03 Mar Proposed ‘American Rescue Plan’ Would Provide Support To Prisons
In the days leading up to Jan. 20, 2021, President Joe Biden began providing details about how he planned to address COVID-19: the American Rescue Plan. Shortly after the announcement, criminal justice reform advocates across the country began searching the internet. They hoped to find information on what the American Rescue Plan would mean for folks in prison during the pandemic. What they found was somewhat unclear.
The Biden Administration immediately recognized that COVID-19 has overwhelmed most prisons. President Biden’s plan expressly recognized that “1 in 5 state and federal prisoners in the U.S. has had COVID-19….” And it made it clear that more funding was needed “for COVID-19 mitigation strategies, including supplies and physical distancing; safe re-entry for the formerly incarcerated; and the vaccination of both incarcerated people and staff.”
President Biden’s plan therefore included strategies for expanded and free testing for individuals in vulnerable settings like prisons. It also indicated that the Administration would seek physical distancing, re-entry and vaccination as well. But, unfortunately, specifics were hard to come by.
But, earlier this month, the United States House of Representatives released the full language of its proposed version of the American Rescue Plan. And it provides some meaningful clues about how the plan would provide much needed safety to those incarcerated during this pandemic.
What The American Rescue Plan Means For Prisons
Under the bill currently pending in the House of Representatives, Congress would appropriate $1.8 billion “to carry out activities to detect, diagnose, trace, monitor, and report on SARS-CoV-2 and COVID-19 infections, and related strategies to mitigate the spread of 16 SARS-CoV-2, in congregate settings.”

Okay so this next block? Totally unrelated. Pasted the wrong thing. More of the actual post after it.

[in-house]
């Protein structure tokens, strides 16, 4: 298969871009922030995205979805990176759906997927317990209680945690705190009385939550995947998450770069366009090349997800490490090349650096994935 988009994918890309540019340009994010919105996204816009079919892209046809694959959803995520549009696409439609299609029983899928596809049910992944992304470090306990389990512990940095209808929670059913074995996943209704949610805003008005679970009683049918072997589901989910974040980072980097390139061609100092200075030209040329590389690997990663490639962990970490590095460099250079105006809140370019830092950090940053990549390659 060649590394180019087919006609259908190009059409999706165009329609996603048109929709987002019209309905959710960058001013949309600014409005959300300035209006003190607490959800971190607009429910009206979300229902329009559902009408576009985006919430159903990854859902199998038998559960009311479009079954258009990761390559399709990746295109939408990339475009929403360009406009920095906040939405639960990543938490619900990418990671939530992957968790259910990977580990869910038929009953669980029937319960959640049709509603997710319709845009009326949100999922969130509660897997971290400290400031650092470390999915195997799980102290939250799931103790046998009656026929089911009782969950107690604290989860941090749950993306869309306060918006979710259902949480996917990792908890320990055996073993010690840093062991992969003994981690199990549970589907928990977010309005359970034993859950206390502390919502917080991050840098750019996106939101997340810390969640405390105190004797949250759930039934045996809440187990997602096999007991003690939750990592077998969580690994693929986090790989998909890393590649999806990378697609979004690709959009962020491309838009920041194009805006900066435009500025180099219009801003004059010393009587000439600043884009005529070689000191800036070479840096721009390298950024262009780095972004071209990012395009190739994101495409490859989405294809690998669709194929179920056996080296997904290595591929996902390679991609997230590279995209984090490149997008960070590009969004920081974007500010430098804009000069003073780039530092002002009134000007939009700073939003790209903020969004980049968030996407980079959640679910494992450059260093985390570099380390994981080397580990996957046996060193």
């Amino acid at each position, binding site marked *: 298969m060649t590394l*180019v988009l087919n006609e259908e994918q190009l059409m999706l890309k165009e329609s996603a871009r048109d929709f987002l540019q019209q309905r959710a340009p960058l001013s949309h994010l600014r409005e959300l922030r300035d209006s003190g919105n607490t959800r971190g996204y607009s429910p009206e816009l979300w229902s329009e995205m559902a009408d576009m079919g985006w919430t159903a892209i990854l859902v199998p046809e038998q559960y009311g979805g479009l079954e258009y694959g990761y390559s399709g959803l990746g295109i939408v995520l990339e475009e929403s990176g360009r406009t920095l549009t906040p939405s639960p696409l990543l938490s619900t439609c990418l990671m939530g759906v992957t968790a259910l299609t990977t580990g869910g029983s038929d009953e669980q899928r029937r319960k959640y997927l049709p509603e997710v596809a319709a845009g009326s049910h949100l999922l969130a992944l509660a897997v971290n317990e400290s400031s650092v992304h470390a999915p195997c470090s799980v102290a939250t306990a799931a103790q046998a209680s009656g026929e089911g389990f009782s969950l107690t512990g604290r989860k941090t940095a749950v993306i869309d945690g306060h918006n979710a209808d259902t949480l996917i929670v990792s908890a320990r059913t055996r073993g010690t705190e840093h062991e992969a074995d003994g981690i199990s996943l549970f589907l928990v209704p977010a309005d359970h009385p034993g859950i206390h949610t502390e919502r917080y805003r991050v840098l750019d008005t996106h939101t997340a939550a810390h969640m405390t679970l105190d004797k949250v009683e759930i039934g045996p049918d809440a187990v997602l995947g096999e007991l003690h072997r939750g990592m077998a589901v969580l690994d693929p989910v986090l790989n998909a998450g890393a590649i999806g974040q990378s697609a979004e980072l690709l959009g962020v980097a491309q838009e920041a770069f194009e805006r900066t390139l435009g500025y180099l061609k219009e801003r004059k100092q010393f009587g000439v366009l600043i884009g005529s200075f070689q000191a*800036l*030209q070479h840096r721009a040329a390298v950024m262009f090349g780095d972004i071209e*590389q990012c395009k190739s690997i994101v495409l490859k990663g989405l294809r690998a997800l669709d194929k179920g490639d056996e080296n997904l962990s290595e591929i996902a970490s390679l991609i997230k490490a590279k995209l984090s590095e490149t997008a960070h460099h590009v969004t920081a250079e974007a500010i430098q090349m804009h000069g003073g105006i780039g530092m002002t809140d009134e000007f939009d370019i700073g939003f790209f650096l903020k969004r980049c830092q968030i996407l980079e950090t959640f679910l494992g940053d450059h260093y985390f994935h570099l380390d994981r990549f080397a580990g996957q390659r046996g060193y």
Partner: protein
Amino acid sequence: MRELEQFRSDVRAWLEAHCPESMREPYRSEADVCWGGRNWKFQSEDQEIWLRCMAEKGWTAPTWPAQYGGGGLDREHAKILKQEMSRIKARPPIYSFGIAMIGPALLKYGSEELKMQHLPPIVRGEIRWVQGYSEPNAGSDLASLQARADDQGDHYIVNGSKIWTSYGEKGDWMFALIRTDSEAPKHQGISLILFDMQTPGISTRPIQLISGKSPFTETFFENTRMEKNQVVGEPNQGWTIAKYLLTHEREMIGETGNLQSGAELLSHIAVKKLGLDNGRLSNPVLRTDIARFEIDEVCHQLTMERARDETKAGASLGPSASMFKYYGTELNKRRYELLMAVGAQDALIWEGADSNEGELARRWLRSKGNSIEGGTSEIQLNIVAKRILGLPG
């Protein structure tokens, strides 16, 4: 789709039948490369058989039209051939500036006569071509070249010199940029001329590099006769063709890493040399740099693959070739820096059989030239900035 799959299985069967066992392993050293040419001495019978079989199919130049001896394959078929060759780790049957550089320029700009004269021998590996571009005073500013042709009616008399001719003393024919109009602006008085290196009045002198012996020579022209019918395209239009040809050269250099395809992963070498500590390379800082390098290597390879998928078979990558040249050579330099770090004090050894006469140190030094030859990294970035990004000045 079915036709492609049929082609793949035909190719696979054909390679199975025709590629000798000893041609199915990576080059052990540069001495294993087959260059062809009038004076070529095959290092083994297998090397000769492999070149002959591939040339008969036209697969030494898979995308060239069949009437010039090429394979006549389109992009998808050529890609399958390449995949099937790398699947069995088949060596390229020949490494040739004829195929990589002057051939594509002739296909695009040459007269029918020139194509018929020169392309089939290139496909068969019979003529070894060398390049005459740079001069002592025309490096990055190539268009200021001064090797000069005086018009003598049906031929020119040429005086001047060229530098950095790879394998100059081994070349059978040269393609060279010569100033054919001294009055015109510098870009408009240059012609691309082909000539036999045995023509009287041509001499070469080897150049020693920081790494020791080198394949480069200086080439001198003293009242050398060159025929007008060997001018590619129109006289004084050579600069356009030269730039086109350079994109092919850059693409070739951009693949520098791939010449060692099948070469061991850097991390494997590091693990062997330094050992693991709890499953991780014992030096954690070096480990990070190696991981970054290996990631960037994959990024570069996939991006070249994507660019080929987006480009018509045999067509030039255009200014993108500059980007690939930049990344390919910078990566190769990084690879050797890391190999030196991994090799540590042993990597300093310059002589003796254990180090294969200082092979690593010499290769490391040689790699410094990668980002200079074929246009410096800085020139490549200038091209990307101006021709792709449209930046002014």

Under the bill, the term “congregate settings” broadly encompasses United States detention facilities. It “includes Federal, State, local, territorial, and Tribal prisons, jails, detention centers (including juvenile detention centers), [and] other correctional, detention, and reentry facilities….”
What Officials Can Use The American Rescue Plan Funds For
Under the proposed bill, the first permissible use for the funds focuses on testing. Specifically, officials must use the funds to “support activities related to testing … including to purchase, procure, or administer tests and supplies necessary for administering and processing such tests to staff of, or individuals residing in, congregate settings, and pay … part or all of the costs to such entities of administering or processing such tests.”
Second, the bill allows officials to use the funds on vaccinations. Specifically, officials must use the funds to “support vaccine-related activities for authorized or licensed COVID-19 vaccines, to provide for the vaccination of staff of, or individuals residing in, congregate settings, and pay … part or all of the costs to such entities of administering such vaccines.”